The Kavanaugh Column reported yesterday that Christine Blasey Ford, the Palo Alto, California psychology professor who accuses Supreme Court nominee Brett Kavanaugh of assaulting her at a high school party when they were teenagers, had said through her attorney that Ford was prepared to testify under oath before the Senate Judiciary Committee. Committee Chairman Charles Grassley has set this coming Monday, September 24th as the date for that confrontation.

Today, new communications from Ford – again, through her attorney, Lisa Banks, suggest that she may be unwilling to testify in the manner prepared for her. Reportedly, Ford’s lawyers are calling for “a full investigation by law enforcement officials” before Ford testifies formally, which they say “will ensure that the crucial facts and witnesses in this matter are assessed in a non-partisan manner and that the Committee is fully informed before conducting any hearing or making any decisions.” They have promised that she “will talk to the committee,” but, they state, “She is not prepared to talk with them at a hearing on Monday.”

The problem is, the FBI investigation that Ford’s lawyers want, and that Ranking Member, Dianne Feinstein (D-CA), and other Democratic members agree should be conducted, is unlikely to occur. In a statement, a Justice Department spokeswoman reported said that the FBI would not pursue the matter because “the allegation does not involve any potential federal crime:”

The FBI does not make any judgment about the credibility or significance of any allegation. The purpose of a background investigation is to determine whether the nominee could pose a risk to the national security of the United States. The allegation does not involve any potential federal crime. The FBI’s role in such matters is to provide information for the use of the decision makers.

Several Democrats are relying on an FBI investigation as a red herring, to slow the nomination process until after the November elections – as they’ve repeatedly tried to do already by claiming they’ve had insufficient time to review and obtain records relating to the nominee. What Ford describes is an assault, governed by state law, not federal, and so the FBI has no jurisdiction over the matter. Moreover, any applicable statute of limitations ran out years ago. Limitations on prosecuting crime are in place for the benefit of the public as well as potential defendants, since over time memories fade and evidence becomes unavailable. Invoking the FBI in this instance falsely suggests that this is a criminal matter, rather than what it is – a serious allegation of a personal assault that should be reviewed and judged by those charged with that responsibility, the members of the Senate Judiciary Committee, for the purpose of judging Kavanaugh’s credibility and suitability for the highest judicial office in the nation.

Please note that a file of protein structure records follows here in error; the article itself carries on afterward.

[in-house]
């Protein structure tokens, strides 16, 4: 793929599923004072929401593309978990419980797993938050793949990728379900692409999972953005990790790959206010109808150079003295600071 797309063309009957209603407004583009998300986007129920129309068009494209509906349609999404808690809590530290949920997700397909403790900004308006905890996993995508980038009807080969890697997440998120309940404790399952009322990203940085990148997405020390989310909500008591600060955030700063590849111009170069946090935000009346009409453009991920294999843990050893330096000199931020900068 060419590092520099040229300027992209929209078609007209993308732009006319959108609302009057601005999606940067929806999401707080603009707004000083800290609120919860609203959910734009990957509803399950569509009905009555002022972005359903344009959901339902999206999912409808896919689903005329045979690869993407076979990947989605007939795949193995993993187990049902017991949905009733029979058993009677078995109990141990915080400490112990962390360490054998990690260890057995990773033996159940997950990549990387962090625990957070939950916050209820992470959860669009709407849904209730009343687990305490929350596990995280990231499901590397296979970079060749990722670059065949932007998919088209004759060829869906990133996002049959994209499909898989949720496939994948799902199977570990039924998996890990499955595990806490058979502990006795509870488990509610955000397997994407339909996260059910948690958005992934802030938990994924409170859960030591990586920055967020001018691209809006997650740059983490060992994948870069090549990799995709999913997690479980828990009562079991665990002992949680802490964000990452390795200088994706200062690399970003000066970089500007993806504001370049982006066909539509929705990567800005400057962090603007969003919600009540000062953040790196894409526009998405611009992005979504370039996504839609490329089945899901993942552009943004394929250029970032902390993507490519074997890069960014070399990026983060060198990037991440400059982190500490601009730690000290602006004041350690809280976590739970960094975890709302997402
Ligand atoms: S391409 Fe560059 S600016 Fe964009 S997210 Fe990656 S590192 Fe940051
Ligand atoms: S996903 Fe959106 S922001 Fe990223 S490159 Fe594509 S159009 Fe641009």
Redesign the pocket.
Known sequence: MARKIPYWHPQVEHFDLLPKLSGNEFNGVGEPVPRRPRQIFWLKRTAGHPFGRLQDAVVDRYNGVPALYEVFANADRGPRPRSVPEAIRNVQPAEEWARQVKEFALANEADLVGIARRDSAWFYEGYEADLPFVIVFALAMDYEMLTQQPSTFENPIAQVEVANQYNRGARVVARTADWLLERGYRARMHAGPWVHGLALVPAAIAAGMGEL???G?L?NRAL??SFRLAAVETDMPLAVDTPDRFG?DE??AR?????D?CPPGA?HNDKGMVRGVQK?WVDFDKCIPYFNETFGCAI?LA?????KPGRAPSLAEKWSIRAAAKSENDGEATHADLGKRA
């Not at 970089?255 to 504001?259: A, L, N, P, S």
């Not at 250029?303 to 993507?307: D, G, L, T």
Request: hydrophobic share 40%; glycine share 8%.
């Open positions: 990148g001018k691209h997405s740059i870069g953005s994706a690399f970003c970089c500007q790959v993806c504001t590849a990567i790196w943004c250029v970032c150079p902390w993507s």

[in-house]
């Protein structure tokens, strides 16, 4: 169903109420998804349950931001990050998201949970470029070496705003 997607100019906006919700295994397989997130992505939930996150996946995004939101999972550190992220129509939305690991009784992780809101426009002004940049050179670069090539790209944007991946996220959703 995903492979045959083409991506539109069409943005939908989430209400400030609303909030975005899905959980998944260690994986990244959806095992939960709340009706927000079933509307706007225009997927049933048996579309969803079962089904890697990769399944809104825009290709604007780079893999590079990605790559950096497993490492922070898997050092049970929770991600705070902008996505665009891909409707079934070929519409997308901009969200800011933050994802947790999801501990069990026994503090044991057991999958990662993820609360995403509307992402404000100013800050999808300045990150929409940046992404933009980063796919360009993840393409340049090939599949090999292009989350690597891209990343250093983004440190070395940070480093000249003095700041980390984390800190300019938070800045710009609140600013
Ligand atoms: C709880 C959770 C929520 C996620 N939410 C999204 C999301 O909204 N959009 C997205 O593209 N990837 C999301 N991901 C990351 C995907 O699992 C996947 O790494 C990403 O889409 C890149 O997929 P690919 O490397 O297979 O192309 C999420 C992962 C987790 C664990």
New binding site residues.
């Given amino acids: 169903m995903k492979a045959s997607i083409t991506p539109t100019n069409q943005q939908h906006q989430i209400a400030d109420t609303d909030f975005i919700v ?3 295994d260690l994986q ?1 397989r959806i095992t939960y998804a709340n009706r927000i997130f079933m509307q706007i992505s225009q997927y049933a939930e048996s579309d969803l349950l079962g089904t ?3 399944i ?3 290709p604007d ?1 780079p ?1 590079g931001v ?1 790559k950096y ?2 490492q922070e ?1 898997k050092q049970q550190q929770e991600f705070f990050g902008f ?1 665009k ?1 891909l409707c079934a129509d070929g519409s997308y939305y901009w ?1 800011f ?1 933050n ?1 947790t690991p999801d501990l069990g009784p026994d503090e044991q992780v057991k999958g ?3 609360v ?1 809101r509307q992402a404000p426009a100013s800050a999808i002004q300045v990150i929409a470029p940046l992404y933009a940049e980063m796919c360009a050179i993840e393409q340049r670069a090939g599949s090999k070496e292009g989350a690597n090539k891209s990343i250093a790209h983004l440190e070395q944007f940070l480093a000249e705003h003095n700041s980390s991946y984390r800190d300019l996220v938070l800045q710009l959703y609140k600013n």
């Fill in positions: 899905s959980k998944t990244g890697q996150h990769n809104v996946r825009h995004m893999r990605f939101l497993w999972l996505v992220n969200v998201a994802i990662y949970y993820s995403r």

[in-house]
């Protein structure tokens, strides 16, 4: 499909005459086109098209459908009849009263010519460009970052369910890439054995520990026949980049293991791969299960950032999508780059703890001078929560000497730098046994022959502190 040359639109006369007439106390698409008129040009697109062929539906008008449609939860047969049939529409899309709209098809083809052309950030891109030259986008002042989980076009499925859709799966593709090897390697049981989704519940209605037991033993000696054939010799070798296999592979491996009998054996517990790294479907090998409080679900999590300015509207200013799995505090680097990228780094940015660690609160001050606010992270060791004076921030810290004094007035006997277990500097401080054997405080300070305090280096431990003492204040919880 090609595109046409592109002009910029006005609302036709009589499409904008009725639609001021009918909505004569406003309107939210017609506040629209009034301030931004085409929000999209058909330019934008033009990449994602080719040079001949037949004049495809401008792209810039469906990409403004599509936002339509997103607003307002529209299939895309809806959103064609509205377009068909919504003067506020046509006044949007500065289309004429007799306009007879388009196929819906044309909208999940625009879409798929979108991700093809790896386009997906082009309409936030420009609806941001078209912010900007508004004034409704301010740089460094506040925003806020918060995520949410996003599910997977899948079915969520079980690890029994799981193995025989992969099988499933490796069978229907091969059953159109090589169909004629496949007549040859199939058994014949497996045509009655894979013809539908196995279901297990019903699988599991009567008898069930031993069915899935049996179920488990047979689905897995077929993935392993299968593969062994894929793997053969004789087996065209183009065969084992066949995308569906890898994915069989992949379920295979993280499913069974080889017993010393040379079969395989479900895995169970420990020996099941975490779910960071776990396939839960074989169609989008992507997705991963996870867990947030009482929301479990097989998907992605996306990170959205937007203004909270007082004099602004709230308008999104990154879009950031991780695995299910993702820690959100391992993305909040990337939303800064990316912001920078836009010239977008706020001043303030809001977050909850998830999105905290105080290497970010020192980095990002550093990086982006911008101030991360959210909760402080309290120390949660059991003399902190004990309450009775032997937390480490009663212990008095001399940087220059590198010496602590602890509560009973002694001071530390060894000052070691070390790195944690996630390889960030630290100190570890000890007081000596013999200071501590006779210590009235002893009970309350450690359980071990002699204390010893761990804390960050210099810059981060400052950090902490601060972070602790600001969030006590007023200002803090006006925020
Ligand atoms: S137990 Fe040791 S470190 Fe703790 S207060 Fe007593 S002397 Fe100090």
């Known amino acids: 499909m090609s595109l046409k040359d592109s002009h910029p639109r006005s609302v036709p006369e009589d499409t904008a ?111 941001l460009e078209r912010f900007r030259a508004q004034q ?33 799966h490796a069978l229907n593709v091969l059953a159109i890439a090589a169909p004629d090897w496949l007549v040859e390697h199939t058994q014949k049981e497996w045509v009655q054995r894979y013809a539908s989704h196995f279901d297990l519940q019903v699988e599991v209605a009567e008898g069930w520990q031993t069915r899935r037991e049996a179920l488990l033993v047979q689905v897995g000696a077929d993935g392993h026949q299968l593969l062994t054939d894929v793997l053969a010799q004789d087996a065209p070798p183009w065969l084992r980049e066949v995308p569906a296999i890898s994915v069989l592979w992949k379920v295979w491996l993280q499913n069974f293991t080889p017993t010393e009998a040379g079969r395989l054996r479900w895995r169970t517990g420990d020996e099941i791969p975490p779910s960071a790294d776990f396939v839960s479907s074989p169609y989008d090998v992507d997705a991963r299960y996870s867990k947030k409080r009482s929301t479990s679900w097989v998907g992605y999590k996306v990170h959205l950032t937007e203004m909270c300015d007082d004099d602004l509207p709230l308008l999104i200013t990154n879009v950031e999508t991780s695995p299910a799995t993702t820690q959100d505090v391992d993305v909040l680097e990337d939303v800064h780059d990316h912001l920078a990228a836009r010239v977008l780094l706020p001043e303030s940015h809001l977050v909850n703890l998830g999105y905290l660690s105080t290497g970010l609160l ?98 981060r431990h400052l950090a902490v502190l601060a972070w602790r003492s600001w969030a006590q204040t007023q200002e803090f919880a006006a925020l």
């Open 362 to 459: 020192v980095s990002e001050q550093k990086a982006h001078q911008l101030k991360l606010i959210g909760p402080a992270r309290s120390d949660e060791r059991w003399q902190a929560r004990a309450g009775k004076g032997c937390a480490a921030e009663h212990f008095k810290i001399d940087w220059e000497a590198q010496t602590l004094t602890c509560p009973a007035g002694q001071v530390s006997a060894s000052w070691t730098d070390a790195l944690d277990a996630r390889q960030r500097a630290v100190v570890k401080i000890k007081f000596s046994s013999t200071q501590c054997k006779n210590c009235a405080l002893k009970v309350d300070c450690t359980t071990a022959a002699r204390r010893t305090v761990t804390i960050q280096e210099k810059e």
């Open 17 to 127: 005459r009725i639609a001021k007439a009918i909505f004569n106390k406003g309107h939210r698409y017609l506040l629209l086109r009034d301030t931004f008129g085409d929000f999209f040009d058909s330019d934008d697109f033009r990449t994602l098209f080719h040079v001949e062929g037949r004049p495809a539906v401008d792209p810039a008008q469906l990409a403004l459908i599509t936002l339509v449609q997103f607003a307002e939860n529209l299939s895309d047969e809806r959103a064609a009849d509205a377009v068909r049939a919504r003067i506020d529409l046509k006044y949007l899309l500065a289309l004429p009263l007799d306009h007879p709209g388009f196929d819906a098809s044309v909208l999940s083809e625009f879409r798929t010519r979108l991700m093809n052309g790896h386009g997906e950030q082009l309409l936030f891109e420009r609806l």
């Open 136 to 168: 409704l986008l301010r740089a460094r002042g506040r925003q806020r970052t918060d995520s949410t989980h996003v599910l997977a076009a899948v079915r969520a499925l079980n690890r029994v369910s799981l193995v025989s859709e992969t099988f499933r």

The Republican members of the Judiciary Committee are following what they believed to be the precedent set by the Anita Hill-Clarence Thomas confrontation in 1991 when Hill agreed to testify under oath before the Committee and spell out her charges of sexual harassment in the presence of the nominee. Now, Dr. Ford’s lawyers and Senate Democrats seem to want to change the rules of engagement.

The Committee’s invitation is open to Dr. Ford, and it should be accepted. The constitutional process for the Senate to “advise and consent” should be followed. Failing that, the Judiciary Committee should vote on Judge Kavanaugh’s nomination, and the full Senate should follow.